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Judge Turns Down Injunction Meant to Stop Yellowstone Bison Cull

Travis Smola

The lawsuit sought access to the state and federal Yellowstone bison cull program.

Yellowstone’s controversial bison cull has cleared another hurdle sought by people opposed to it.

An injunction was turned down by U.S. District Judge Scott Skavdahl on Friday that called for a halt to the cull and access to the program by Stephanie Seay of the Buffalo Field Campaign and Christopher Ketcham, a journalist.

The judge apparently did not agree with the lawsuit’s claim their restricted access to the program violated their free speech protections.

The plans have long been for between 600 and 900 animals to be culled from the park’s population using capture and kill and hunting near the park’s borders. The cull has been a subject of much debate. Ranchers in the region are in favor of a cull due to fears about the spread of the disease brucellosis.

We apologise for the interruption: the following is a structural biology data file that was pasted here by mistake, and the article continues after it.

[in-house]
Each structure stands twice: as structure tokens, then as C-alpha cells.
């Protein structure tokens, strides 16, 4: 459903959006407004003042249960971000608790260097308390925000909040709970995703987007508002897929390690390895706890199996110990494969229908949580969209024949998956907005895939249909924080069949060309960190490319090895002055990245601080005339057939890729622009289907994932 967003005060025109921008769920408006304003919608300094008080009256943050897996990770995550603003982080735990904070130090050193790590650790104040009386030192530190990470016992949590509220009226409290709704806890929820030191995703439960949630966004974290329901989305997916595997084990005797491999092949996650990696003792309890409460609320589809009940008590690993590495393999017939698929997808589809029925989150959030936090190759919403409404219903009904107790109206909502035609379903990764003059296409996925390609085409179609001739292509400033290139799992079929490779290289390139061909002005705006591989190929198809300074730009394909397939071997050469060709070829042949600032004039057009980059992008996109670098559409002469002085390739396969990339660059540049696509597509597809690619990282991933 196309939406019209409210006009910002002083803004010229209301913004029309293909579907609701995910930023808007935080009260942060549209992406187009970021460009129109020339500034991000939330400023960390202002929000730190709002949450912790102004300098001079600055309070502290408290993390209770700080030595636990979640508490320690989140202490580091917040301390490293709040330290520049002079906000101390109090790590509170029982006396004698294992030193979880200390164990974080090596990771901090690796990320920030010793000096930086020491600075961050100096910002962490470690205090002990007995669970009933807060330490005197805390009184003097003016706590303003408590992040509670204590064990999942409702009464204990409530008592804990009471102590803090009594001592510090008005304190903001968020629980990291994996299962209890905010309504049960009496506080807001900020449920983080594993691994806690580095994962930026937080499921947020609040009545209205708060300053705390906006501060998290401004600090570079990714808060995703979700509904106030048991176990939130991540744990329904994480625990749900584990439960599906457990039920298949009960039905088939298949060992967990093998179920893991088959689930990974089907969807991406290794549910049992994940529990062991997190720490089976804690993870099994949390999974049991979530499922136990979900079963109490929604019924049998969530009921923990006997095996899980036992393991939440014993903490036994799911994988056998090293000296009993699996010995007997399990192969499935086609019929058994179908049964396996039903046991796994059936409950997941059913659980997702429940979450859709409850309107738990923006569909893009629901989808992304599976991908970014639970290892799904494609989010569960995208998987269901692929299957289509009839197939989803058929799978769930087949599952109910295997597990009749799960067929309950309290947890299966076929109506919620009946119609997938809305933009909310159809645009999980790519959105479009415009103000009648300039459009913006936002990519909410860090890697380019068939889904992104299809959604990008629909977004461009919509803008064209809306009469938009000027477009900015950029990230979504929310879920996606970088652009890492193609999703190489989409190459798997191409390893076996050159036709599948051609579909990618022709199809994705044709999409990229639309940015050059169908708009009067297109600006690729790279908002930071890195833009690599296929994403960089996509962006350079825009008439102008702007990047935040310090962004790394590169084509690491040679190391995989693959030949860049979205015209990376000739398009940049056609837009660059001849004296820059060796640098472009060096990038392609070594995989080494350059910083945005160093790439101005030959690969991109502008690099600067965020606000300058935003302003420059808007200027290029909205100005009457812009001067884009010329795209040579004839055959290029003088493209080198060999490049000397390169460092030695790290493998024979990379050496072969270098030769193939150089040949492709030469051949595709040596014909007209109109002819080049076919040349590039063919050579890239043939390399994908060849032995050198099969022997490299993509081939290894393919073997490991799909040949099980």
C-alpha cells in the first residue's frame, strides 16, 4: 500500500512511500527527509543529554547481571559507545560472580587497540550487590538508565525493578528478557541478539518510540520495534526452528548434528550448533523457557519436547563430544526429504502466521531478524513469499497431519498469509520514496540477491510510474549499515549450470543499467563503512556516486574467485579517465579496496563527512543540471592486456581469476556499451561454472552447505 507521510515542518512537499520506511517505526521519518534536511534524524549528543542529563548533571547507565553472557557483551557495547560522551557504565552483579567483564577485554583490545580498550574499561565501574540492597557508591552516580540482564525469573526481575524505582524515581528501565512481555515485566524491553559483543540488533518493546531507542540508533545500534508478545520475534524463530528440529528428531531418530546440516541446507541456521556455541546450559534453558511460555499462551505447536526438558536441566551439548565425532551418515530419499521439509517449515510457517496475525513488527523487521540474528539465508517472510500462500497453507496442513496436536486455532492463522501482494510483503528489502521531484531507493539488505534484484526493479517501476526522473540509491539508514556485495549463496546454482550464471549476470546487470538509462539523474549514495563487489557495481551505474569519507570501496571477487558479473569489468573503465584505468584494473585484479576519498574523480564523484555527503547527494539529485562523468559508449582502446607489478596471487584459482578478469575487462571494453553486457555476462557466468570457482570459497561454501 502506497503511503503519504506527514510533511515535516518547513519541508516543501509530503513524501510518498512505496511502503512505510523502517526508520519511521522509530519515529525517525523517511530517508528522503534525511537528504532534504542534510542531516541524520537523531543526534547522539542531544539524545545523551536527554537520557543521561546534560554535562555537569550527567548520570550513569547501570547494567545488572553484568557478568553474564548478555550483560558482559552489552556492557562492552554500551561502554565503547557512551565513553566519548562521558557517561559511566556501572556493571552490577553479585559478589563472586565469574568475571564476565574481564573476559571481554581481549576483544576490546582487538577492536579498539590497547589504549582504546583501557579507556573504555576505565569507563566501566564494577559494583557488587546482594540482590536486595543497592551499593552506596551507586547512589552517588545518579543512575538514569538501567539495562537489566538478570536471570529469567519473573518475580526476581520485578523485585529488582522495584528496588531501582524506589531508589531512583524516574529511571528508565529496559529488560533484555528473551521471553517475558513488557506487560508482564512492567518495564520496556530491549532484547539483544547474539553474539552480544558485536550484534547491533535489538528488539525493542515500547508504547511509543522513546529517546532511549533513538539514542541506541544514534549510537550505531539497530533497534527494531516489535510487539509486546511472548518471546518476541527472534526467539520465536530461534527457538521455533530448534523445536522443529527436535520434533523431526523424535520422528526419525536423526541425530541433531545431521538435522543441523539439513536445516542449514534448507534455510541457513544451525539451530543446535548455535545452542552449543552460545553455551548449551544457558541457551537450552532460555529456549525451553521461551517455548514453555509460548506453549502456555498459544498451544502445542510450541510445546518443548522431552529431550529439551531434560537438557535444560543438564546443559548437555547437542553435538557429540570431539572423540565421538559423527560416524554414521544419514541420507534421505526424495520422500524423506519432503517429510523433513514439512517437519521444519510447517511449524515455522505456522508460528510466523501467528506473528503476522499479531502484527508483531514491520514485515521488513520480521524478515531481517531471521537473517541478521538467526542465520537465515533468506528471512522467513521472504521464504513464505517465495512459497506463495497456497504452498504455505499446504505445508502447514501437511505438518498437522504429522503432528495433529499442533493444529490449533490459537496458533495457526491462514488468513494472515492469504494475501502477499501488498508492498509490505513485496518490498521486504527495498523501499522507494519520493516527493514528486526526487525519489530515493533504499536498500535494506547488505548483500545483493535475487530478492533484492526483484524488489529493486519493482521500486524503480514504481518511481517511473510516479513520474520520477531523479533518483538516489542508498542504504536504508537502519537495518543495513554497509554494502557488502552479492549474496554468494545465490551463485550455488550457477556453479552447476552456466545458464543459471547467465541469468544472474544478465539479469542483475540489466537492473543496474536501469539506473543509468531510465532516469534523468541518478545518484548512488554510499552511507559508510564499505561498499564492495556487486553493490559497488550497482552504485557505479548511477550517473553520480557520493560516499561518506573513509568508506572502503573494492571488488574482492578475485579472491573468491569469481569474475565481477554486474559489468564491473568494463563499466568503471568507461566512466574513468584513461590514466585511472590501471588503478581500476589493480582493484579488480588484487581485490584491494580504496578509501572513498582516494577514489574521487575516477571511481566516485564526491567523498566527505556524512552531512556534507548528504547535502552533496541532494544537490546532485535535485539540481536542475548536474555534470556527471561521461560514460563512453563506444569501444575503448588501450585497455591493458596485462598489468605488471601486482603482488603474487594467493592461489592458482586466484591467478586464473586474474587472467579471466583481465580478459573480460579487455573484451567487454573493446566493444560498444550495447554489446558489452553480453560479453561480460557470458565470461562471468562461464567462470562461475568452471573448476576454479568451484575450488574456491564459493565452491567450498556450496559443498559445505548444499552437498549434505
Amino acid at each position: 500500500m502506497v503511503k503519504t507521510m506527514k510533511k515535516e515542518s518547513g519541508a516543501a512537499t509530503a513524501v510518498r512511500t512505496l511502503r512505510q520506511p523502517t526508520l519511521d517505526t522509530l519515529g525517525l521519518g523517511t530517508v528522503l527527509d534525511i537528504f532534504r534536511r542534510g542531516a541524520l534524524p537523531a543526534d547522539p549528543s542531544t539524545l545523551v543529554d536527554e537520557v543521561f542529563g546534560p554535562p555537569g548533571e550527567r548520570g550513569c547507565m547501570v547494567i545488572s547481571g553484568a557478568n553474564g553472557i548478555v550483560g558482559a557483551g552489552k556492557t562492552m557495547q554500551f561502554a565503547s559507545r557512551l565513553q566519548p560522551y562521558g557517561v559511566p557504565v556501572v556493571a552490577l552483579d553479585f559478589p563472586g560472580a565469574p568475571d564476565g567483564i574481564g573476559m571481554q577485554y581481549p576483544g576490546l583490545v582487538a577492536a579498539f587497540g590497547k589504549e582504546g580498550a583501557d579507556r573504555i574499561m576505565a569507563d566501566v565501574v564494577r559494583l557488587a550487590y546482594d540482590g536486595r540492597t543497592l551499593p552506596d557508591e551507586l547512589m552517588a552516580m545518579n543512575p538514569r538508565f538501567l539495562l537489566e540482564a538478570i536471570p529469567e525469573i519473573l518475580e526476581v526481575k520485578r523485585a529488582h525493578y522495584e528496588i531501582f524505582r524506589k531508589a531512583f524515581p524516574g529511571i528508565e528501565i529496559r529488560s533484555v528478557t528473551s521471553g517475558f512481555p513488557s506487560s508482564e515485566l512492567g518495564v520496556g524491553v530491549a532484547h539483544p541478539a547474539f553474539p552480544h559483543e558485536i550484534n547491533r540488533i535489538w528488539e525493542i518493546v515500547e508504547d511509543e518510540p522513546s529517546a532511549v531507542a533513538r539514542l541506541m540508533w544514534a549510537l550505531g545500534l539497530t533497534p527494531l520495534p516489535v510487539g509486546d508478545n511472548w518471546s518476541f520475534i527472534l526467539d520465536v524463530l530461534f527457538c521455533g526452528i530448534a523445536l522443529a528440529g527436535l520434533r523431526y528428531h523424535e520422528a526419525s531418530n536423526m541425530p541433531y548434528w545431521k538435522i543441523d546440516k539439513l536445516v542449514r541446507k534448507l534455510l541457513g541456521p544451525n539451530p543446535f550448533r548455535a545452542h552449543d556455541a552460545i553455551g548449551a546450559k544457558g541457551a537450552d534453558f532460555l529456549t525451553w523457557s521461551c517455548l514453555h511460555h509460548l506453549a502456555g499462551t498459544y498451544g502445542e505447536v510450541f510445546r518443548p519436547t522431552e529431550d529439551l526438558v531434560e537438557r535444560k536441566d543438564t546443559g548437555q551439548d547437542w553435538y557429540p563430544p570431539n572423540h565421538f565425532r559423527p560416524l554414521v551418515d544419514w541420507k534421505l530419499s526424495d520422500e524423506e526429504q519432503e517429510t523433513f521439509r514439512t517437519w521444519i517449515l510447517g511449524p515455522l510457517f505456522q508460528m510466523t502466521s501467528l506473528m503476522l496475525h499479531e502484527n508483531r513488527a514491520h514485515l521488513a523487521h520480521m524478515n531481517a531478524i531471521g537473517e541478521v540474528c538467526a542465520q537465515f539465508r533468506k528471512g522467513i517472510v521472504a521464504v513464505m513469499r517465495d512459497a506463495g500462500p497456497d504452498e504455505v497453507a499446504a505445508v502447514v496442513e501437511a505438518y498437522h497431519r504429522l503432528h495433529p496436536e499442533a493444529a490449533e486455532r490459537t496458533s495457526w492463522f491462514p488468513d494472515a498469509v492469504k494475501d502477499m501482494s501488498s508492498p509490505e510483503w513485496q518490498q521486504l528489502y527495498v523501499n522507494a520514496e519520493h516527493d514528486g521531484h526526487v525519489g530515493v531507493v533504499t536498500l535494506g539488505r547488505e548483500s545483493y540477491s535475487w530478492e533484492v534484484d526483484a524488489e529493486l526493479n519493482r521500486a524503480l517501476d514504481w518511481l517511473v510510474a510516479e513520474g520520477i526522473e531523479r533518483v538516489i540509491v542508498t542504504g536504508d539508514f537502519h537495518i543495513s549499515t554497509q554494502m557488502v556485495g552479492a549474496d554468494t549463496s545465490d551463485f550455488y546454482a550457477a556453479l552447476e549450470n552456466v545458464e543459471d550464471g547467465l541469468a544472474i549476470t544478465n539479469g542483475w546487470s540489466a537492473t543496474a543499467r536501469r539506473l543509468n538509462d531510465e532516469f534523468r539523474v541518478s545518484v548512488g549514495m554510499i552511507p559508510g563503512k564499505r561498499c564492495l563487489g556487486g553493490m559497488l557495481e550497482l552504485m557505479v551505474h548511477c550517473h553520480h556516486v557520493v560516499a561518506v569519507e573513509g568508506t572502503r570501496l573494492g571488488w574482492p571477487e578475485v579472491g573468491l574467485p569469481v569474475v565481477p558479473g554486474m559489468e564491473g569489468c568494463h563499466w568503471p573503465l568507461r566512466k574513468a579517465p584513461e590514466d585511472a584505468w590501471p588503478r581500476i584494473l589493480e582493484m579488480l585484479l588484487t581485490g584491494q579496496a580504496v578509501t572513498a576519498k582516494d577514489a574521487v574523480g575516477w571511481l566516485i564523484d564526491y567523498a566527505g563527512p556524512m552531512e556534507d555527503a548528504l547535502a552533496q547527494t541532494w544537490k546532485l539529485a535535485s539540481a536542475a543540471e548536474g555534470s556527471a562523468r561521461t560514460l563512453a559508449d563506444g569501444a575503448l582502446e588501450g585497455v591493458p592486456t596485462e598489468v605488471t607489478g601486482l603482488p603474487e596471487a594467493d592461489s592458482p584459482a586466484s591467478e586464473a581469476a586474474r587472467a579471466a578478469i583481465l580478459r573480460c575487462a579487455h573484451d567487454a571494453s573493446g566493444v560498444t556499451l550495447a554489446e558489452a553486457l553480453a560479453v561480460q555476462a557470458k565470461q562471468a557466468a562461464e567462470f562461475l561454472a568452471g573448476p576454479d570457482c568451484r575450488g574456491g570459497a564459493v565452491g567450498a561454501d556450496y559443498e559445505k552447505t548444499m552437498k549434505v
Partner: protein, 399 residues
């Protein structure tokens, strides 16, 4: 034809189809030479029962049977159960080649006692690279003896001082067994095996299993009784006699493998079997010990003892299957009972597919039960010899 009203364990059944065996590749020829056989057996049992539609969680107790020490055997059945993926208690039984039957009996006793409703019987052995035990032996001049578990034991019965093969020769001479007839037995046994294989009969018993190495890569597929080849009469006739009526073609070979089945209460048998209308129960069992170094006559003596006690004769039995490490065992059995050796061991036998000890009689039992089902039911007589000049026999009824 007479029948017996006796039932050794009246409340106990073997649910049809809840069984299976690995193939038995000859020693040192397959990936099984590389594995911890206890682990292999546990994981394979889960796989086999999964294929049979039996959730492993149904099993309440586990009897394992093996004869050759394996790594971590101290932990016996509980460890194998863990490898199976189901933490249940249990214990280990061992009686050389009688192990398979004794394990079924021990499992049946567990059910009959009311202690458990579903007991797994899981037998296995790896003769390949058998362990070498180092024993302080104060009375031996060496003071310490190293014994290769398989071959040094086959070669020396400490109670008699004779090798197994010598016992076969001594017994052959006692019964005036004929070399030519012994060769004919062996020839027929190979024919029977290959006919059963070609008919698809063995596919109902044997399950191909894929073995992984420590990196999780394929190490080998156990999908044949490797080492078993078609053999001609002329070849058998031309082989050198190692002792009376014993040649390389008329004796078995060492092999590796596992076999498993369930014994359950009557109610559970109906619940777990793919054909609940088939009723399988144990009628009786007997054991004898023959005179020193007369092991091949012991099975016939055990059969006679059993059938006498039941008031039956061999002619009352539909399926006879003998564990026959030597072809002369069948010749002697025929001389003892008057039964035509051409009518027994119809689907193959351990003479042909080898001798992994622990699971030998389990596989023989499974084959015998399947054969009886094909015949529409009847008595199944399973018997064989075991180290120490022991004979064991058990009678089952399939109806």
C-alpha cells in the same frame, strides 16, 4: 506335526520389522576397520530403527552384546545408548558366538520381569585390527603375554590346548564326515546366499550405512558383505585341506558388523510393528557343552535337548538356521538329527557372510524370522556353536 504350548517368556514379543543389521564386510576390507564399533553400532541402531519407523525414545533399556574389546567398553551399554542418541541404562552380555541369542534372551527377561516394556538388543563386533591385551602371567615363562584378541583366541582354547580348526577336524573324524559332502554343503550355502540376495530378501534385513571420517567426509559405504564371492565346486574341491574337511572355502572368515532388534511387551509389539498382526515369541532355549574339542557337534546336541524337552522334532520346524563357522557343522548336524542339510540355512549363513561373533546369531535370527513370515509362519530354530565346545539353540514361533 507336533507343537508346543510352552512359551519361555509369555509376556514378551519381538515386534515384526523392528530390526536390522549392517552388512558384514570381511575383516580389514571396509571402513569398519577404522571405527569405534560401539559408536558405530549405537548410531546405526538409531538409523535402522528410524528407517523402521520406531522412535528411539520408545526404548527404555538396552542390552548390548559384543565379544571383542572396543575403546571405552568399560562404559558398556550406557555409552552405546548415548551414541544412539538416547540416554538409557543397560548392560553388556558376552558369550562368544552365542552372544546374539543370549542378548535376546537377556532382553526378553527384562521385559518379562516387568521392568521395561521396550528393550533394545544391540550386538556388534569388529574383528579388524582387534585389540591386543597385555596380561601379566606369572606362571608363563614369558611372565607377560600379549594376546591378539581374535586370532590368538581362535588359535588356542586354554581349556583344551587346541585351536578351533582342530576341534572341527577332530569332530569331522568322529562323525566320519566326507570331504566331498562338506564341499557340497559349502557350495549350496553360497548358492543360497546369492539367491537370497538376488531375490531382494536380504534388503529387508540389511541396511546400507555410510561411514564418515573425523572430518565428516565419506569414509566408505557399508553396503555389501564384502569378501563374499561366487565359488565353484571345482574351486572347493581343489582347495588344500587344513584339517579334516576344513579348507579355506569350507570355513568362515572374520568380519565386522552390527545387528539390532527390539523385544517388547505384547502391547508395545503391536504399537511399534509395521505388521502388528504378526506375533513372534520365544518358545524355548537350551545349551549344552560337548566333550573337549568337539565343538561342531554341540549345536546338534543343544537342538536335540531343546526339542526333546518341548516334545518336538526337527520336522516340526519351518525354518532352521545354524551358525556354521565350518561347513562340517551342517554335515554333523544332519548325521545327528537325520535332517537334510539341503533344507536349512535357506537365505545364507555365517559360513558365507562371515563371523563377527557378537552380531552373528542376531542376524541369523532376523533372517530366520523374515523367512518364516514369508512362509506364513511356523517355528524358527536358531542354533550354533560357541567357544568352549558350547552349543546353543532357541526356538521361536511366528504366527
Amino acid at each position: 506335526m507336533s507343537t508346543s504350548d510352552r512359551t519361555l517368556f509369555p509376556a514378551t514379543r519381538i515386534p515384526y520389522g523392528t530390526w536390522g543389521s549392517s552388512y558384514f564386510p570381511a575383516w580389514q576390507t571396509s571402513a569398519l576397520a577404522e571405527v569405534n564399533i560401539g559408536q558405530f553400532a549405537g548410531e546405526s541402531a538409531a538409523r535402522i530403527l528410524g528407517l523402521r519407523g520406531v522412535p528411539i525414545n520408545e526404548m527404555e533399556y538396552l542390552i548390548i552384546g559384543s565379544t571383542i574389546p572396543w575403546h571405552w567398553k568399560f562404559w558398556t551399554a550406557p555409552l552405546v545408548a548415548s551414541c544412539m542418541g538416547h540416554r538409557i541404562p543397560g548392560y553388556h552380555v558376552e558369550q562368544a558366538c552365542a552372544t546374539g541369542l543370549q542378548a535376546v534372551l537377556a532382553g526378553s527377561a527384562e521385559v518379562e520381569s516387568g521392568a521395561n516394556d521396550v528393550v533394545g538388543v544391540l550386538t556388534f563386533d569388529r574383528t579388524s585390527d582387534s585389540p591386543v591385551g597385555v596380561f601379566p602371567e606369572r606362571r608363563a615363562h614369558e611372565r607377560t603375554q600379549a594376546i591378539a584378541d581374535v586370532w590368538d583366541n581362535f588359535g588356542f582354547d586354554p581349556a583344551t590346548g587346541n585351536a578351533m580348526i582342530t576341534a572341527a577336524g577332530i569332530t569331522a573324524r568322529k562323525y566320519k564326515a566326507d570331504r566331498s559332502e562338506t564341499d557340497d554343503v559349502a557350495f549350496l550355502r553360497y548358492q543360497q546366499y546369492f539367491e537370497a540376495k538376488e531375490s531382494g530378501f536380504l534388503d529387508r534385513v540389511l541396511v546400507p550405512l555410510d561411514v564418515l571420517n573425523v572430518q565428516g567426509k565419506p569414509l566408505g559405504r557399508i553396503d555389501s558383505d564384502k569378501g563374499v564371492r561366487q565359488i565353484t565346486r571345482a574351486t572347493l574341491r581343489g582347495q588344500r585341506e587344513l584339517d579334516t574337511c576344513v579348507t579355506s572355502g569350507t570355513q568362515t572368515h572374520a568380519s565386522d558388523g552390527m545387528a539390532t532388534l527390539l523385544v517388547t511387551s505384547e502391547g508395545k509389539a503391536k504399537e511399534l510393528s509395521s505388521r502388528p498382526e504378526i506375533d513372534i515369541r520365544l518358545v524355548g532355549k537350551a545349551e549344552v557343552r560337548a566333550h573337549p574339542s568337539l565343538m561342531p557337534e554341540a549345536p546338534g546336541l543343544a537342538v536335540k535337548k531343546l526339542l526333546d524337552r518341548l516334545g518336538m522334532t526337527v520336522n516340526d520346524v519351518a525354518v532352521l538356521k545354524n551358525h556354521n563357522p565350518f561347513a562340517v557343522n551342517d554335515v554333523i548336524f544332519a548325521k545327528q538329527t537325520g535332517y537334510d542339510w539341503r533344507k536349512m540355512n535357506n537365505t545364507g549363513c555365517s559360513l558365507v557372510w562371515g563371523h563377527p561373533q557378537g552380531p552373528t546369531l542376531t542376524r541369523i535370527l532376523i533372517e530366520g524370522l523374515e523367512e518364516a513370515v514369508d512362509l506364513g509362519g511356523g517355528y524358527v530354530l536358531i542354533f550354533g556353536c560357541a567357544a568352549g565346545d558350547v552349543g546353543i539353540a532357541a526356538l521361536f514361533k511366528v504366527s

Wildlife advocates have been opposed to the idea of the killing of animals from a National Park.

The cull operation fell under more controversy when three bison were injured and ran back into the park during cull operations a few weeks ago.

For now, it seems the cull will go as scheduled. The plans are for state and federal officials to continue their operations until March 31.

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Judge Turns Down Injunction Meant to Stop Yellowstone Bison Cull